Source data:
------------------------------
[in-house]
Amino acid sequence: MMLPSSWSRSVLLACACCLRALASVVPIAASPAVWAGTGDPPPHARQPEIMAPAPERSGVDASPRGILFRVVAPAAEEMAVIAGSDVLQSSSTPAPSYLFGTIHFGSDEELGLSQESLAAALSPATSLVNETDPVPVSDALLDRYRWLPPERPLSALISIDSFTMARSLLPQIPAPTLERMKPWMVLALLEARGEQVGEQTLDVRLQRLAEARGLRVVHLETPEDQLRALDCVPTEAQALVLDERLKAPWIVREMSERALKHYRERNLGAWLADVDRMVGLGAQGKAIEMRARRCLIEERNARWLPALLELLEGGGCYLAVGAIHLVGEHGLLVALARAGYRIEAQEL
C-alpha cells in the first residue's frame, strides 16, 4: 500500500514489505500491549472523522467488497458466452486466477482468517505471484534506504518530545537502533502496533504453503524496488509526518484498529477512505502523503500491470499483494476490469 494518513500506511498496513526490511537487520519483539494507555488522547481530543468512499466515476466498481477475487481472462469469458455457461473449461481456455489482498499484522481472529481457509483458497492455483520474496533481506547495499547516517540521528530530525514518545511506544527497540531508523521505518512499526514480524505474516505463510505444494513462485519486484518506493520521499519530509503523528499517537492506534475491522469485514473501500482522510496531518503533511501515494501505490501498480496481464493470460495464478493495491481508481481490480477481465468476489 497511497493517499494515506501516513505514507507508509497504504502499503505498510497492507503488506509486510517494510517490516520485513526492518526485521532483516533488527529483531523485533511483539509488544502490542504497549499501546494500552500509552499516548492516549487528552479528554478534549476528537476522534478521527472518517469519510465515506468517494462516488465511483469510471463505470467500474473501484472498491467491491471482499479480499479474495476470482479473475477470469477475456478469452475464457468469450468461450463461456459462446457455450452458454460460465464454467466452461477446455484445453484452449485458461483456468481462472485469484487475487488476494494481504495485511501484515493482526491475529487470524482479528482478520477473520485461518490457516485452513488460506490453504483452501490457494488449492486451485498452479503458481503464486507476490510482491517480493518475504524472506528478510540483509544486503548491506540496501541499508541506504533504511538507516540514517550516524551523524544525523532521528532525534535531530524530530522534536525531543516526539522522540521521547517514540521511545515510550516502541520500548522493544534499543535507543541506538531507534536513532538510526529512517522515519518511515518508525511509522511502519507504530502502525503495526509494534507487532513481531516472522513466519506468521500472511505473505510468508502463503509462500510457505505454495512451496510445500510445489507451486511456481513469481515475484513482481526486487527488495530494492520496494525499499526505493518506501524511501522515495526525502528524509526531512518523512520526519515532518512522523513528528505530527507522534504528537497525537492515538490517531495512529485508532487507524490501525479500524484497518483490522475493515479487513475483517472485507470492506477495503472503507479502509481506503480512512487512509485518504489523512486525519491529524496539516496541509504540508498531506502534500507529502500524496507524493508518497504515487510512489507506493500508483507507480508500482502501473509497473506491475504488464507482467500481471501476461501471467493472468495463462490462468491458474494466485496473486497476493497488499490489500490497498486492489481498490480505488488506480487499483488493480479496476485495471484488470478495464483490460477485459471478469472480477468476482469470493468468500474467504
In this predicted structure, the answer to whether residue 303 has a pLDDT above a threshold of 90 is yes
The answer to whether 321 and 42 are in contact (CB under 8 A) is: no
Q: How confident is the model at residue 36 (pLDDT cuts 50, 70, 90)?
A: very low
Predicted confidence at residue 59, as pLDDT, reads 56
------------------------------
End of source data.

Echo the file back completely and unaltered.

[in-house]
Amino acid sequence: MMLPSSWSRSVLLACACCLRALASVVPIAASPAVWAGTGDPPPHARQPEIMAPAPERSGVDASPRGILFRVVAPAAEEMAVIAGSDVLQSSSTPAPSYLFGTIHFGSDEELGLSQESLAAALSPATSLVNETDPVPVSDALLDRYRWLPPERPLSALISIDSFTMARSLLPQIPAPTLERMKPWMVLALLEARGEQVGEQTLDVRLQRLAEARGLRVVHLETPEDQLRALDCVPTEAQALVLDERLKAPWIVREMSERALKHYRERNLGAWLADVDRMVGLGAQGKAIEMRARRCLIEERNARWLPALLELLEGGGCYLAVGAIHLVGEHGLLVALARAGYRIEAQEL
C-alpha cells in the first residue's frame, strides 16, 4: 500500500514489505500491549472523522467488497458466452486466477482468517505471484534506504518530545537502533502496533504453503524496488509526518484498529477512505502523503500491470499483494476490469 494518513500506511498496513526490511537487520519483539494507555488522547481530543468512499466515476466498481477475487481472462469469458455457461473449461481456455489482498499484522481472529481457509483458497492455483520474496533481506547495499547516517540521528530530525514518545511506544527497540531508523521505518512499526514480524505474516505463510505444494513462485519486484518506493520521499519530509503523528499517537492506534475491522469485514473501500482522510496531518503533511501515494501505490501498480496481464493470460495464478493495491481508481481490480477481465468476489 497511497493517499494515506501516513505514507507508509497504504502499503505498510497492507503488506509486510517494510517490516520485513526492518526485521532483516533488527529483531523485533511483539509488544502490542504497549499501546494500552500509552499516548492516549487528552479528554478534549476528537476522534478521527472518517469519510465515506468517494462516488465511483469510471463505470467500474473501484472498491467491491471482499479480499479474495476470482479473475477470469477475456478469452475464457468469450468461450463461456459462446457455450452458454460460465464454467466452461477446455484445453484452449485458461483456468481462472485469484487475487488476494494481504495485511501484515493482526491475529487470524482479528482478520477473520485461518490457516485452513488460506490453504483452501490457494488449492486451485498452479503458481503464486507476490510482491517480493518475504524472506528478510540483509544486503548491506540496501541499508541506504533504511538507516540514517550516524551523524544525523532521528532525534535531530524530530522534536525531543516526539522522540521521547517514540521511545515510550516502541520500548522493544534499543535507543541506538531507534536513532538510526529512517522515519518511515518508525511509522511502519507504530502502525503495526509494534507487532513481531516472522513466519506468521500472511505473505510468508502463503509462500510457505505454495512451496510445500510445489507451486511456481513469481515475484513482481526486487527488495530494492520496494525499499526505493518506501524511501522515495526525502528524509526531512518523512520526519515532518512522523513528528505530527507522534504528537497525537492515538490517531495512529485508532487507524490501525479500524484497518483490522475493515479487513475483517472485507470492506477495503472503507479502509481506503480512512487512509485518504489523512486525519491529524496539516496541509504540508498531506502534500507529502500524496507524493508518497504515487510512489507506493500508483507507480508500482502501473509497473506491475504488464507482467500481471501476461501471467493472468495463462490462468491458474494466485496473486497476493497488499490489500490497498486492489481498490480505488488506480487499483488493480479496476485495471484488470478495464483490460477485459471478469472480477468476482469470493468468500474467504
In this predicted structure, the answer to whether residue 303 has a pLDDT above a threshold of 90 is yes
The answer to whether 321 and 42 are in contact (CB under 8 A) is: no
Q: How confident is the model at residue 36 (pLDDT cuts 50, 70, 90)?
A: very low
Predicted confidence at residue 59, as pLDDT, reads 56